That right there? Stupid question. A bid for easy engagement. In no way does knowing which of the two flavors you prefer benefit a business. Nor does it benefit your audience.

Will the answers to that question help you with a future article or upcoming product launch? Not unless you’re a baker, ice cream maker or own a candy counter.

Create Engagement That Continues To Create!

You can ask seemingly simple, fun and easy to answer questions that benefit your brand and your audience.

If, for example, I ask my social media audience about their current favorite bands, I am looking for answers that might prompt a future Music & Marketing article.

I could also ask, if one were forced to choose between two TERRIBLE social media titles, diva or guru, which would be chosen and why. And guess what? An article about taking care with titles is born! The answers nurture the topic and allow me to engage in purposeful conversation with my audience. Even while we’re all having a bit of fun.

There’s nothing wrong with having a little fun on Fridays, or keeping things simple on a slow Saturday or Sunday. But when you use the stupid question tactic too often, you’re setting yourself on a dangerous path.

[clickToTweet tweet=”When you chase reach, rather than relevance, you’ll lose audience seeking authenticity.” quote=”When you chase reach, rather than relevance, you’ll eventually lose audience that’s looking for authenticity, awareness, education AND entertainment.”]

It’s certainly not easy, but the best brands strike a balance. You can, too.

[clickToTweet tweet=”Send the stupid questions to File 13 and create conversation that converts!” quote=”Send the stupid questions straight into File 13 and start conversations that will help you continue to create engaging content.” theme=”style1″]

And, in case you care, I’m a vanilla kind of girl.



4 replies
  1. Cendrine Marrouat
    Cendrine Marrouat says:

    Mallie, that was a refreshing article, thank you!

    Reading it reminds me of one social media marketer I used to follow and who often asked irrelevant questions on their page to get engagement.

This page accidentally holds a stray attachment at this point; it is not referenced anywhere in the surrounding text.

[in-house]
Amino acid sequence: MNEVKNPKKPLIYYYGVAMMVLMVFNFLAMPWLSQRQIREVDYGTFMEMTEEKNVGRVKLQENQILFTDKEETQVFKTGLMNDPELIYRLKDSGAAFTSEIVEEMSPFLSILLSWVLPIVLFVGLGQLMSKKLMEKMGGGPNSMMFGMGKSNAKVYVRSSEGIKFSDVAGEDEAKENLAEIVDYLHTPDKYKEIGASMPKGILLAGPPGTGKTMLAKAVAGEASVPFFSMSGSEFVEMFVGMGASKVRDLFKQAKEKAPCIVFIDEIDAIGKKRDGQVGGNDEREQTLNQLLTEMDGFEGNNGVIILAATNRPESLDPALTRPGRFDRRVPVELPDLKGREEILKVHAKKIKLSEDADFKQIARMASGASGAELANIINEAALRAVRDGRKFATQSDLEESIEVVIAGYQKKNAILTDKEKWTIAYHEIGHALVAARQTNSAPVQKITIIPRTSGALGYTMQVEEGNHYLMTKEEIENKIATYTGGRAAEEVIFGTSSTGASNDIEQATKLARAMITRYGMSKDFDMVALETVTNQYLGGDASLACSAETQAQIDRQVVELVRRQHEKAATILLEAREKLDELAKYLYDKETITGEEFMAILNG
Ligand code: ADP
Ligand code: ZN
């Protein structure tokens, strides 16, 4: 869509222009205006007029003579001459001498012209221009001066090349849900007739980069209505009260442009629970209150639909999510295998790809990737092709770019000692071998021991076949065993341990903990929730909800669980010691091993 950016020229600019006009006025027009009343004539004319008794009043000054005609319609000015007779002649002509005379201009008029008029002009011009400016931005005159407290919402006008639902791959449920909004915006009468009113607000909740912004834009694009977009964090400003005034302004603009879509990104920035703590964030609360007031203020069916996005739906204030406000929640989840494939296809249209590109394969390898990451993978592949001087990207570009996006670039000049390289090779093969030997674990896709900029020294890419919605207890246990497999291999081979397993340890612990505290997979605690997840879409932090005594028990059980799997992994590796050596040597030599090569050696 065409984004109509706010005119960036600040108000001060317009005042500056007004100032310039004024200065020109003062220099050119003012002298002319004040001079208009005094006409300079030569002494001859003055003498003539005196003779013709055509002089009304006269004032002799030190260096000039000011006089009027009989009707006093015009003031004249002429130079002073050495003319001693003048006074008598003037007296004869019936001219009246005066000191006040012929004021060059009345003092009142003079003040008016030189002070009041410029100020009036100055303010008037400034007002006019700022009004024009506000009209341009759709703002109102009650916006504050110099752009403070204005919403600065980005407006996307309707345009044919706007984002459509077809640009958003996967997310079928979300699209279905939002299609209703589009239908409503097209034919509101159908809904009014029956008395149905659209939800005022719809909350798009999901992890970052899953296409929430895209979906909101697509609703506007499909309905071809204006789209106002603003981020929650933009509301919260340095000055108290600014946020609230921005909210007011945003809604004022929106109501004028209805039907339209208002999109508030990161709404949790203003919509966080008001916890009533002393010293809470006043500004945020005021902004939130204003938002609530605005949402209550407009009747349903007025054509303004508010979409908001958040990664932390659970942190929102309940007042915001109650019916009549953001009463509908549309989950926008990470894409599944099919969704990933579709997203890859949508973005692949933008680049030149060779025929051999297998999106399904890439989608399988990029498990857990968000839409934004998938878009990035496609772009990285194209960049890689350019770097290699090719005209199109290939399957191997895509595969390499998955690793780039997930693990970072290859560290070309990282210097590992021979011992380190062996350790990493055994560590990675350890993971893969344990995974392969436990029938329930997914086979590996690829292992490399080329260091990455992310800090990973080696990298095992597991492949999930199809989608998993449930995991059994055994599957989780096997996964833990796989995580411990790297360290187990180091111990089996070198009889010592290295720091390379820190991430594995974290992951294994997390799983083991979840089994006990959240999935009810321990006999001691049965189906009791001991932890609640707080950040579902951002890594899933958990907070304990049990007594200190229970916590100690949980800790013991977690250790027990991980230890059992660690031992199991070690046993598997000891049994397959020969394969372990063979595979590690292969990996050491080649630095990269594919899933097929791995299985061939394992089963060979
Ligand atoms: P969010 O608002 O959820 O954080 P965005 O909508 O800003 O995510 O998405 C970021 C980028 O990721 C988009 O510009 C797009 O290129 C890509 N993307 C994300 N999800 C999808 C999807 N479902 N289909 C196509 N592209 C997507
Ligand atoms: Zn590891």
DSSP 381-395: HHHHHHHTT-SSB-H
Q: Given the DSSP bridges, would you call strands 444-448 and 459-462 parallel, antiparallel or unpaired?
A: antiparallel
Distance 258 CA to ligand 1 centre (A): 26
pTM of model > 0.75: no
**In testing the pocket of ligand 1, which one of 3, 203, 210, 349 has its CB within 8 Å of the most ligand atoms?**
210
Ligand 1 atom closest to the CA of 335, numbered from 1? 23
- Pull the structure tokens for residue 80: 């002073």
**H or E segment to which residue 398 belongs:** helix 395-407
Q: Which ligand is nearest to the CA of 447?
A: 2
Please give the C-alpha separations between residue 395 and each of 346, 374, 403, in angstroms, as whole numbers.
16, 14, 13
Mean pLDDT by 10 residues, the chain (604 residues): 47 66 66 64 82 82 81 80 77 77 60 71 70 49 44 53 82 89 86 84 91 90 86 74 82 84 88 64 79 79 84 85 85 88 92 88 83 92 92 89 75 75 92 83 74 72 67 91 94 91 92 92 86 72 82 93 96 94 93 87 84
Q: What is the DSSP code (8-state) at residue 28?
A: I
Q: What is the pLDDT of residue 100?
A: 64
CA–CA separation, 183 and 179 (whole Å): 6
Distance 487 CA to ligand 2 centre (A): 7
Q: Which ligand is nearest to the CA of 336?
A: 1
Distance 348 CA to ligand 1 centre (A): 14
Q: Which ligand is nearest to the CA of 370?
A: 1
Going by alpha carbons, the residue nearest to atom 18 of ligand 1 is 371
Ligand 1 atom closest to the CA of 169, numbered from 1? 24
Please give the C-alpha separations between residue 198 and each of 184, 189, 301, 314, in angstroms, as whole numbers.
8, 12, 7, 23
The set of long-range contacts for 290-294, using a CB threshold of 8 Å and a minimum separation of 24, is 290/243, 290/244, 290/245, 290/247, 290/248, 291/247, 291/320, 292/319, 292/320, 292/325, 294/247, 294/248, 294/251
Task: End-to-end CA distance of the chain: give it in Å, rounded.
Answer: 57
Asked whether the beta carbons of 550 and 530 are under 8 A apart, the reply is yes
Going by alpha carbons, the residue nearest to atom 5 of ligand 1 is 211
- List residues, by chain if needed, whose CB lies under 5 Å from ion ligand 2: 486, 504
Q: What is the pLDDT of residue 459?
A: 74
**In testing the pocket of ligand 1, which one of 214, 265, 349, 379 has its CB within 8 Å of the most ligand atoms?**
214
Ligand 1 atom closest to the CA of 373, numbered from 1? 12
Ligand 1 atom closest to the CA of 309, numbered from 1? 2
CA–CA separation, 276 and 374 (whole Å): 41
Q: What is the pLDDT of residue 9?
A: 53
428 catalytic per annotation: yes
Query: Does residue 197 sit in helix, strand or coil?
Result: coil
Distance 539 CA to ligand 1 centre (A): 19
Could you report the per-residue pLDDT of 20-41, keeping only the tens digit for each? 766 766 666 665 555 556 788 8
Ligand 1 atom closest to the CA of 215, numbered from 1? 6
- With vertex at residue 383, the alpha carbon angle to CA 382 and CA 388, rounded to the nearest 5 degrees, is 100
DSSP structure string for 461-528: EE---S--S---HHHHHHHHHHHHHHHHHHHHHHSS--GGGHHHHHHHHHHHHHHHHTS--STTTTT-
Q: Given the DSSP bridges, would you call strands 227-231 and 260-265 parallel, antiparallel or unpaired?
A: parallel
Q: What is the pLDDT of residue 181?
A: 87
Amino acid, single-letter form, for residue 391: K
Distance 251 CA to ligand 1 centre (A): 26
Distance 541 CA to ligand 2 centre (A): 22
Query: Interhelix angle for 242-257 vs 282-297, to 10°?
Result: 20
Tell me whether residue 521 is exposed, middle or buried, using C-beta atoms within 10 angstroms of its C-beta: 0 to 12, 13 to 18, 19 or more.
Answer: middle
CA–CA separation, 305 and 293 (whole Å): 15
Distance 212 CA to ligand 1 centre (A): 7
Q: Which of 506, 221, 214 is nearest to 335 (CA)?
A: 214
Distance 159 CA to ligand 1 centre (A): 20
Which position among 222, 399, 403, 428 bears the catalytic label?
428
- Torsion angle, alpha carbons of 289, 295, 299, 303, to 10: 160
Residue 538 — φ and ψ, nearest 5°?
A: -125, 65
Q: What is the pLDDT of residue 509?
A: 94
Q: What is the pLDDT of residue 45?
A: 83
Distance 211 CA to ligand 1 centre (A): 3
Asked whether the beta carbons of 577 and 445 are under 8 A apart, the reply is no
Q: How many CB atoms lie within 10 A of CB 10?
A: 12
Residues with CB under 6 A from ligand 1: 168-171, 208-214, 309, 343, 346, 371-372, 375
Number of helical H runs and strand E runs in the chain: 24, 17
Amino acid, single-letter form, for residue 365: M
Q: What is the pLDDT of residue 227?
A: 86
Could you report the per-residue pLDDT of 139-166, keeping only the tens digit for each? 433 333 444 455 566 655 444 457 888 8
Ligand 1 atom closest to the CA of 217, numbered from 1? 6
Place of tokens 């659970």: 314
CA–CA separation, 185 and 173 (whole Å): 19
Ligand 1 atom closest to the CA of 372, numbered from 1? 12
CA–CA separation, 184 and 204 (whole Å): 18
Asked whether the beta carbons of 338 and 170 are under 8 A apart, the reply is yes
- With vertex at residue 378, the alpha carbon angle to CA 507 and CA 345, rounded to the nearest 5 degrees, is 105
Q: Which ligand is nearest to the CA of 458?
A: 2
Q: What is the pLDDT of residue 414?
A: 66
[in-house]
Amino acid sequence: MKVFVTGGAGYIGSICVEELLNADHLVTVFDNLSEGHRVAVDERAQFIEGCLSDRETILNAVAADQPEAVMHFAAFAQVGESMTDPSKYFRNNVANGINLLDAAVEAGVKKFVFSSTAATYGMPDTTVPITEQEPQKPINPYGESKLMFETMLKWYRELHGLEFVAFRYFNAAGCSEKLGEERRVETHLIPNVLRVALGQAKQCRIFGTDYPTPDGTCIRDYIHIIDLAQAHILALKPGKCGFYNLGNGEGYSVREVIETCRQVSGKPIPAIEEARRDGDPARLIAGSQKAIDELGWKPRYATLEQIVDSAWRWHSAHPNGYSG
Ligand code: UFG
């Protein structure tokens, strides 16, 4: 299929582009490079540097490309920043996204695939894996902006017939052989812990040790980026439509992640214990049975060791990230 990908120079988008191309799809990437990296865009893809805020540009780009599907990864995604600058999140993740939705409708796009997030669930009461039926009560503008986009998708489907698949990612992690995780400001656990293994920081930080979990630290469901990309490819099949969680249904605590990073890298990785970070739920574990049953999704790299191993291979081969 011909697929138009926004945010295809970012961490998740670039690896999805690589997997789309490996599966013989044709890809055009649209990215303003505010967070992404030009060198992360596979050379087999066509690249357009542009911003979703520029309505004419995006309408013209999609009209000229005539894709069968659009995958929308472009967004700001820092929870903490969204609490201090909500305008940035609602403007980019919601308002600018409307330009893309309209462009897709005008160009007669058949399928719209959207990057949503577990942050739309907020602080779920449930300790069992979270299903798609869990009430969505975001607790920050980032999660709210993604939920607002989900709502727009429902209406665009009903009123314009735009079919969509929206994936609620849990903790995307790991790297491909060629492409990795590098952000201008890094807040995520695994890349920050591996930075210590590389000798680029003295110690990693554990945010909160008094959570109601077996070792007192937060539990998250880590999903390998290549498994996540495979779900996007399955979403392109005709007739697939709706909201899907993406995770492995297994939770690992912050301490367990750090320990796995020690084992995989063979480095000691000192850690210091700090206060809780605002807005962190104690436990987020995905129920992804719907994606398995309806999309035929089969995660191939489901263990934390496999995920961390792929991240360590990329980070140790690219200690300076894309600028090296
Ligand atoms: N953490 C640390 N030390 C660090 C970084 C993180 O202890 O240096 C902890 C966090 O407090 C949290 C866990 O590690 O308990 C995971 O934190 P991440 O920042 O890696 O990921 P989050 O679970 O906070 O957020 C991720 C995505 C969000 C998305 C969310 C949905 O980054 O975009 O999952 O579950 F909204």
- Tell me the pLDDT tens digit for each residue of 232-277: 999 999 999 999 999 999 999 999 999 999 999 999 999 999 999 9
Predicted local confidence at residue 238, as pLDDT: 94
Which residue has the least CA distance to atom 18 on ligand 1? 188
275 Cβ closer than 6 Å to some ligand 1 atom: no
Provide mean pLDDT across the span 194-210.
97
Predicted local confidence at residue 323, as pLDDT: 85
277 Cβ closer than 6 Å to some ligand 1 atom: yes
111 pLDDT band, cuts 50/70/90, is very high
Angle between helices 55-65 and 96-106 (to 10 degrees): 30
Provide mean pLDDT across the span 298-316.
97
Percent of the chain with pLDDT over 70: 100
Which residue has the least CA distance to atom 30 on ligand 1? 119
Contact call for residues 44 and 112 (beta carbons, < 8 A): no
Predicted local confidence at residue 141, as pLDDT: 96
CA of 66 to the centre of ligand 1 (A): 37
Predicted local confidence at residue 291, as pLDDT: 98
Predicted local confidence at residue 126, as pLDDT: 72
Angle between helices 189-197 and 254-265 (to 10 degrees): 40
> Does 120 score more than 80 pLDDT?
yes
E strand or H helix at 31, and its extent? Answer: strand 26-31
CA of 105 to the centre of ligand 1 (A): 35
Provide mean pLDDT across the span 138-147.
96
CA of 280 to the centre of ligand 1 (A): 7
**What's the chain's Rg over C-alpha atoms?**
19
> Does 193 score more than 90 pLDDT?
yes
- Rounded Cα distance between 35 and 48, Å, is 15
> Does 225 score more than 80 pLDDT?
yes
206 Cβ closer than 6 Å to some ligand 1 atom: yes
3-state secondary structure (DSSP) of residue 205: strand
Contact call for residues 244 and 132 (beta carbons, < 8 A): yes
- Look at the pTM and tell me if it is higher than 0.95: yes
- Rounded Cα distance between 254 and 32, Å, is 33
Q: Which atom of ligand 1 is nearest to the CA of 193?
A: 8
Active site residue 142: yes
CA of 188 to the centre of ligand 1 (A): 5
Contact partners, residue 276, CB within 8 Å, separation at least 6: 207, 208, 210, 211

I think some people ask because they genuinely don’t know. Others do because they want you to elaborate. And it becomes a “pick-your-brain” session without them directly asking for it.

    So yes, context is key. If you want a good answer, you have to provide enough context to allow us to help you.

  2. Mallie Hart
    Mallie Hart says:

    Thanks, Cendrine.

    I tend to see if as a cop out, when it starts happening too often. There are questions you can ask that will both increase engagement and benefit your audience down the road. There’s, to me, a big difference in trying to get to know your audience and chasing reach.

  3. Nick Armstrong
    Nick Armstrong says:

    It’s amazing to me that so many small business owners bend over backwards to play 20 questions about ROI (return on investment) when it comes to social media but balk when it comes to paying for quality content and engagement.

    What’s really sad, though – is most of these folks have gotten burned by some huckster into being newly overly cautious and unwilling to pay for the legitimate good stuff because it’s damn-near impossible for a layperson to know the difference between the two.

    • Mallie Hart
      Mallie Hart says:

      I especially hate seeing it when these questions are posed by supposed social media “pros.” It’s so obviously pandering for reach and engagement.